Seabiscuit: An American Legend

Yesterday on the way to the airport I realized I'd forgotten to bring a book (since I'm between books, I put-off my final decision on what to read next until the morning of departure, having narrowed down my choices the evening before) to read on the plane. Faced the the grim prospect of purchasing something in the airport bookstore, I slogged in, expecting to settle for the latest from Oprah's book club. Imagine my delight when I saw two copies of Seabiscuit: An American Legend sitting on the display table.

I'd put Seabiscuit on my wish list ages ago, when it first came out. So I snapped it up and settled in for some good reading over breakfast on my way to New York. What a book! "A first-rate piece of storytelling" says the New York Times, and I couldn't agree more. I'm already half-way through and would like nothing more than to spend the rest of the day reading about the Depression and horse racing.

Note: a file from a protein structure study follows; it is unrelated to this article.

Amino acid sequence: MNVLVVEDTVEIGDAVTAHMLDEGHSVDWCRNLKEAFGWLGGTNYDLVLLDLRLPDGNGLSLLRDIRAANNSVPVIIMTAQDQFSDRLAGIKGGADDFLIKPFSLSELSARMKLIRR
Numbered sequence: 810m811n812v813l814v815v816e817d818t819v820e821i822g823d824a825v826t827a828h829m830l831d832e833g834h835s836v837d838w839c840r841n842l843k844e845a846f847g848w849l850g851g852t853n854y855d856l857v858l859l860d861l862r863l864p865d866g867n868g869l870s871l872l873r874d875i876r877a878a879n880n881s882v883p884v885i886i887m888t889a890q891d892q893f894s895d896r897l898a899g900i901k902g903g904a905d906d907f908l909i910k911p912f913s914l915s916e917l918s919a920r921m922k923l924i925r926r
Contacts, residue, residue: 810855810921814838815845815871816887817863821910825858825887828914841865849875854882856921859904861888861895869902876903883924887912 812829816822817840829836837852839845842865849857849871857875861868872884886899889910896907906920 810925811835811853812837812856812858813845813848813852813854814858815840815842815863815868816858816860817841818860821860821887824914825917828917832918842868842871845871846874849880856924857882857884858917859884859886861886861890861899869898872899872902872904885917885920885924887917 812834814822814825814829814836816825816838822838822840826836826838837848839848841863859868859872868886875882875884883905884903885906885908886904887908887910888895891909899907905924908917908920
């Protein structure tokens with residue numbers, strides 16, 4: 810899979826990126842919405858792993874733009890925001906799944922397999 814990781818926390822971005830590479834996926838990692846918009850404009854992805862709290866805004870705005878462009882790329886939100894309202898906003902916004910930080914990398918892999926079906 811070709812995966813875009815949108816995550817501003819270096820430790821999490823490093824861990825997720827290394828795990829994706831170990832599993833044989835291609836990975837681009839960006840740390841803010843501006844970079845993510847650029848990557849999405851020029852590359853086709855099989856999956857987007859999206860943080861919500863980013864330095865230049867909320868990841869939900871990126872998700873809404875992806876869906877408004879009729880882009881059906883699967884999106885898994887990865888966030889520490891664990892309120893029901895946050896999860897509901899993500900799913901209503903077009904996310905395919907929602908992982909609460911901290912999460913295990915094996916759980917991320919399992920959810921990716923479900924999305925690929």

I'm really enjoying this book for several reasons: 1) I don't know anything about Seabiscuit, so hearing his story is compelling in and of itself, 2) the book opens up the world of jockeys and Thoroughbred racing, something about which I'm not very familiar, 3) I love it when books do that — absorb you into unfamiliar surroundings and make it engaging and real, 4) I love this horse! There's a picture of his face about a third of the way through and I found myself thinking, "that's such a Seabiscuit expression!" when I saw it. That's how thoroughly and wonderfully Ms. Hillenbrand pulls you into the world and character of Seabiscuit.